Alan Turing's hypothetical machine could emulate any system if you give it enough complexity, but that right there is where physical limits start to slow us down. Any computer you find lying around works on the same strict principles. Microscopic transistors store information simply by combining large patterns of on and off, 1 and 0. On is designated by an electron charge, off by a lack of one. While these transistors have become smaller and smaller over the decades, there is a physical limit on their size. Electrons do have a size themselves, and any material used to store them as a charge would in turn need to be a minimum size to not begin having quantum uncertainty issues, assuming the material itself doesn't do weird stuff that small. Many other complexities get in the way, such as bus speed, processor complexity, etc. In fact the binary nature of things, the 0s and 1s, increases complexity by a large magnitude compared to biological computers, with multi-state neurons in place of transistors (and other parts, as well. Neurons are multi-function.)
Assuming someone puts together a complex enough computer, we then come down to the software. In fact some have theorized we do in fact have the computing power, in the form of distributed computing (think large networks like the internet). This massive, distributed computing could, perhaps cooperate well enough towards a common set of goals or commands, so let us allow it for our hypotheticals. Now you have a mass of goo. Insane processing power, able to run millions of commands at once, approaching the complexity of organic computers. But now, unlike those organic computers, you need programs as a separate component. Within the structure of organic computers are certain instincts and drives, emotions and reactions. These are physically and chemically ingrained into the brain, which causes another issue we can examine later. Once more let us gloss over the issue of integration and use complex programs to emulate these biological impulses and structures. Ok, who codes this? Billions of years of admittedly messy code is still quite a project to emulate. Already the issue begins to become very, very clear. Many, especially in computer science, assume it is just a matter of adaptive programming, where the programs can self modify, but they are the very people who should know better. An operating system, such as Windows XP (an old OS), has tens of millions of lines of code. The linux kernel alone has some 15 million plus lines of code.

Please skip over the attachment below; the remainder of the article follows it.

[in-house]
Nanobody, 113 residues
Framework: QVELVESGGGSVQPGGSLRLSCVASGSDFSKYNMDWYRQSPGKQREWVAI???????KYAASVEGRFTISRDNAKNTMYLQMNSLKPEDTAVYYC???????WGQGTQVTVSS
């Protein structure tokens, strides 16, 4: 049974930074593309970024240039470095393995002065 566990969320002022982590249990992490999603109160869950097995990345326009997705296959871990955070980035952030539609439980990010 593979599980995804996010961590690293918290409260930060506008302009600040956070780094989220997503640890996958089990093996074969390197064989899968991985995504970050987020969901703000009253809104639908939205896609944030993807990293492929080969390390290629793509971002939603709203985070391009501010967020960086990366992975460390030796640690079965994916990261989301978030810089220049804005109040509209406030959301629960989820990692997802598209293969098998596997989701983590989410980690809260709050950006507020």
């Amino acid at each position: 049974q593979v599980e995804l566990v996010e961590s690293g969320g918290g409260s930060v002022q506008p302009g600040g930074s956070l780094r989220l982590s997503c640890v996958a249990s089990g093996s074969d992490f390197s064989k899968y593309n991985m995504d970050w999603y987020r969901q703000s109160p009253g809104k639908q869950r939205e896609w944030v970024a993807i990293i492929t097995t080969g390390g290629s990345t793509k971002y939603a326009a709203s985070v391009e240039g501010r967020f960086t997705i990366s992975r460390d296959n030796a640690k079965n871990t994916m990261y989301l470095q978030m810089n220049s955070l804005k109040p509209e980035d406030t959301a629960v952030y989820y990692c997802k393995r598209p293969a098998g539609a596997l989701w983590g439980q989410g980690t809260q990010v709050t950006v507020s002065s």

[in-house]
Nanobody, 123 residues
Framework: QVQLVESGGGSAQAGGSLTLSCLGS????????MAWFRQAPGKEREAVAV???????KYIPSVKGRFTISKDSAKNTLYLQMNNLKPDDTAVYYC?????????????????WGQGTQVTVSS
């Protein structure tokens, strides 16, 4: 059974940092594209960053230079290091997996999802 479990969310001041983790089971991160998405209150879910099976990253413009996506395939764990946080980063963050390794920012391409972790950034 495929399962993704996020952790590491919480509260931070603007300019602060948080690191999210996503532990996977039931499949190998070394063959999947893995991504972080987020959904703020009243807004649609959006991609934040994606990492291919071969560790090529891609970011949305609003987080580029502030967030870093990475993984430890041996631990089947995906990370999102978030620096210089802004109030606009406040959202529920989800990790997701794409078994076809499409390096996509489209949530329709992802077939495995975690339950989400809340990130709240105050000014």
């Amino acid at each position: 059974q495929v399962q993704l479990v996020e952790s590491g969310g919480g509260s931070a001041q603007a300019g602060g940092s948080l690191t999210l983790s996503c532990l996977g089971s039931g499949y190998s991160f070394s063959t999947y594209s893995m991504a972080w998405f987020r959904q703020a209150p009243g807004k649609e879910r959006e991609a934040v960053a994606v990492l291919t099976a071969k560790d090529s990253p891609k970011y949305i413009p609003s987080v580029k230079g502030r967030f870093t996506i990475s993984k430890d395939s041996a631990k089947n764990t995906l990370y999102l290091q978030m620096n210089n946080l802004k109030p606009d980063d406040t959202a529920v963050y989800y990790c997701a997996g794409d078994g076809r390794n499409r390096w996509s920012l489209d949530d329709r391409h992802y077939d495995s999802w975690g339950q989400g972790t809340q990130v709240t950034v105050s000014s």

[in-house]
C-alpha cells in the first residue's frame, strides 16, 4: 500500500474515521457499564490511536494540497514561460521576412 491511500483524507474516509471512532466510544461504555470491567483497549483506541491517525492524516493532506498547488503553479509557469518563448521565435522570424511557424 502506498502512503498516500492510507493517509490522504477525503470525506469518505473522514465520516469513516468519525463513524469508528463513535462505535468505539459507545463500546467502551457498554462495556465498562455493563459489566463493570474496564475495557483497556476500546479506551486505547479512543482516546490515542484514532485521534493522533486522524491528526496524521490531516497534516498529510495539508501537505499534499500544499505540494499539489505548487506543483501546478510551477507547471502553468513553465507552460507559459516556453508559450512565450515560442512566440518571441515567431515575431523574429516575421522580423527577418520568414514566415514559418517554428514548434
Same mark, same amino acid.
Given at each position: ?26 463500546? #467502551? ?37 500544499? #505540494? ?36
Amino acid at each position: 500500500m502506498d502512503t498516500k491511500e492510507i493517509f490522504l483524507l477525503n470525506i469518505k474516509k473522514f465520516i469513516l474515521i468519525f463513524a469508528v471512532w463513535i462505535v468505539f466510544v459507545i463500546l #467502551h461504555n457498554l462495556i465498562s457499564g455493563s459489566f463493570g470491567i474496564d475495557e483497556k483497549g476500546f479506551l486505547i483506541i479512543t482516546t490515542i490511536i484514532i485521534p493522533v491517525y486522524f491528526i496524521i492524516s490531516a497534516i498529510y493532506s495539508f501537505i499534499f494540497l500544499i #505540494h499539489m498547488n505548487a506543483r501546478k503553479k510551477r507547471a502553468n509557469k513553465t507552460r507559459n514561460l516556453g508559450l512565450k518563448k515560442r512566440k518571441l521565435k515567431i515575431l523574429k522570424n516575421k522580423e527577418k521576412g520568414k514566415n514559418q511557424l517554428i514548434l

So far we have a massive coding project, an insane network of computers, and we are still stuck with some issues of complexity. It really does keep coming back to complexity. To go back to biology, which has us beat so badly in the game of computing, PZ Myers at Phyrangula has a great post on the complexity of the brain. In his post:
You need to measure the epigenetic state of every nucleus, the distribution of highly specific, low copy number molecules in every dendritic spine, the state of molecules in flux along transport pathways, and the precise concentration of all ions in every single compartment. Does anyone have a fixation method that preserves the chemical state of the tissue?